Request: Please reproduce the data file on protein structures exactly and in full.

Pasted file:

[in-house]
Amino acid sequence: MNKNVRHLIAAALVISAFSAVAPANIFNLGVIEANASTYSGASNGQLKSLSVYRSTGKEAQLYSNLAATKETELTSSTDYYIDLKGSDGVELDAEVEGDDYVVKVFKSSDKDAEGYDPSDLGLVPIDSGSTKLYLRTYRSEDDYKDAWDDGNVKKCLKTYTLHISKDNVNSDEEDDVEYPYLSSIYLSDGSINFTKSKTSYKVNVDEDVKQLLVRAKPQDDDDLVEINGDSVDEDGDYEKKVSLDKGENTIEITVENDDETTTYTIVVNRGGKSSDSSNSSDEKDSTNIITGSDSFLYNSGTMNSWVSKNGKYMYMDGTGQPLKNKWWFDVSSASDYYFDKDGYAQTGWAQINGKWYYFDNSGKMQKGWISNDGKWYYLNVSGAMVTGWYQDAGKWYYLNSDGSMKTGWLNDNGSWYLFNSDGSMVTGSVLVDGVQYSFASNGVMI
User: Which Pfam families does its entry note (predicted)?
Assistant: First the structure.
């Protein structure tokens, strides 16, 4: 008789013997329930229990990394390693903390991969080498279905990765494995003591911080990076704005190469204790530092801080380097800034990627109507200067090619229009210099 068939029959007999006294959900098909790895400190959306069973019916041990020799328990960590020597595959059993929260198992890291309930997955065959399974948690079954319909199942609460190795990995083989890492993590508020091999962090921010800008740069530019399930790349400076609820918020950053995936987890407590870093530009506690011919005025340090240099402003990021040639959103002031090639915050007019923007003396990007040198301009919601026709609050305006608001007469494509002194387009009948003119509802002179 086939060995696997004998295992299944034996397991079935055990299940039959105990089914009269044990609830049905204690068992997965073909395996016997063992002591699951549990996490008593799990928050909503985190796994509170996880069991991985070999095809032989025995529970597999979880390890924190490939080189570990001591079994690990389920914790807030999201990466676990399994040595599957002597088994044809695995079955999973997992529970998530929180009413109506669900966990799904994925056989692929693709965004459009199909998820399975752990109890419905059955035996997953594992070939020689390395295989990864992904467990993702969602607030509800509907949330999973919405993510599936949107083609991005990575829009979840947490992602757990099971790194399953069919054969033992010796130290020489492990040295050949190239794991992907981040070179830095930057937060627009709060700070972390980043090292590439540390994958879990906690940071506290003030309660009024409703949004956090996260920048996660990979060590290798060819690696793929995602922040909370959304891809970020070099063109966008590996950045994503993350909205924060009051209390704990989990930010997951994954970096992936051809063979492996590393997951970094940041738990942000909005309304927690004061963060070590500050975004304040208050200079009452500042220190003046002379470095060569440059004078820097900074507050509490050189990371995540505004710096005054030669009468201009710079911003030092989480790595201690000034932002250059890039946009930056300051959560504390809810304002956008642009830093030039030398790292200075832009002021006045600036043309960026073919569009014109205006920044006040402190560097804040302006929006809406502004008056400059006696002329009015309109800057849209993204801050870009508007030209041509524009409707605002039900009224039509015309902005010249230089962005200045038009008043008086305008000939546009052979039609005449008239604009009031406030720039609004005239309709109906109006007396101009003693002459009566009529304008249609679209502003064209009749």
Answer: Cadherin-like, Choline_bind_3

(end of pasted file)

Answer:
[in-house]
Amino acid sequence: MNKNVRHLIAAALVISAFSAVAPANIFNLGVIEANASTYSGASNGQLKSLSVYRSTGKEAQLYSNLAATKETELTSSTDYYIDLKGSDGVELDAEVEGDDYVVKVFKSSDKDAEGYDPSDLGLVPIDSGSTKLYLRTYRSEDDYKDAWDDGNVKKCLKTYTLHISKDNVNSDEEDDVEYPYLSSIYLSDGSINFTKSKTSYKVNVDEDVKQLLVRAKPQDDDDLVEINGDSVDEDGDYEKKVSLDKGENTIEITVENDDETTTYTIVVNRGGKSSDSSNSSDEKDSTNIITGSDSFLYNSGTMNSWVSKNGKYMYMDGTGQPLKNKWWFDVSSASDYYFDKDGYAQTGWAQINGKWYYFDNSGKMQKGWISNDGKWYYLNVSGAMVTGWYQDAGKWYYLNSDGSMKTGWLNDNGSWYLFNSDGSMVTGSVLVDGVQYSFASNGVMI
User: Which Pfam families does its entry note (predicted)?
Assistant: First the structure.
């Protein structure tokens, strides 16, 4: 008789013997329930229990990394390693903390991969080498279905990765494995003591911080990076704005190469204790530092801080380097800034990627109507200067090619229009210099 068939029959007999006294959900098909790895400190959306069973019916041990020799328990960590020597595959059993929260198992890291309930997955065959399974948690079954319909199942609460190795990995083989890492993590508020091999962090921010800008740069530019399930790349400076609820918020950053995936987890407590870093530009506690011919005025340090240099402003990021040639959103002031090639915050007019923007003396990007040198301009919601026709609050305006608001007469494509002194387009009948003119509802002179 086939060995696997004998295992299944034996397991079935055990299940039959105990089914009269044990609830049905204690068992997965073909395996016997063992002591699951549990996490008593799990928050909503985190796994509170996880069991991985070999095809032989025995529970597999979880390890924190490939080189570990001591079994690990389920914790807030999201990466676990399994040595599957002597088994044809695995079955999973997992529970998530929180009413109506669900966990799904994925056989692929693709965004459009199909998820399975752990109890419905059955035996997953594992070939020689390395295989990864992904467990993702969602607030509800509907949330999973919405993510599936949107083609991005990575829009979840947490992602757990099971790194399953069919054969033992010796130290020489492990040295050949190239794991992907981040070179830095930057937060627009709060700070972390980043090292590439540390994958879990906690940071506290003030309660009024409703949004956090996260920048996660990979060590290798060819690696793929995602922040909370959304891809970020070099063109966008590996950045994503993350909205924060009051209390704990989990930010997951994954970096992936051809063979492996590393997951970094940041738990942000909005309304927690004061963060070590500050975004304040208050200079009452500042220190003046002379470095060569440059004078820097900074507050509490050189990371995540505004710096005054030669009468201009710079911003030092989480790595201690000034932002250059890039946009930056300051959560504390809810304002956008642009830093030039030398790292200075832009002021006045600036043309960026073919569009014109205006920044006040402190560097804040302006929006809406502004008056400059006696002329009015309109800057849209993204801050870009508007030209041509524009409707605002039900009224039509015309902005010249230089962005200045038009008043008086305008000939546009052979039609005449008239604009009031406030720039609004005239309709109906109006007396101009003693002459009566009529304008249609679209502003064209009749």
Answer: Cadherin-like, Choline_bind_3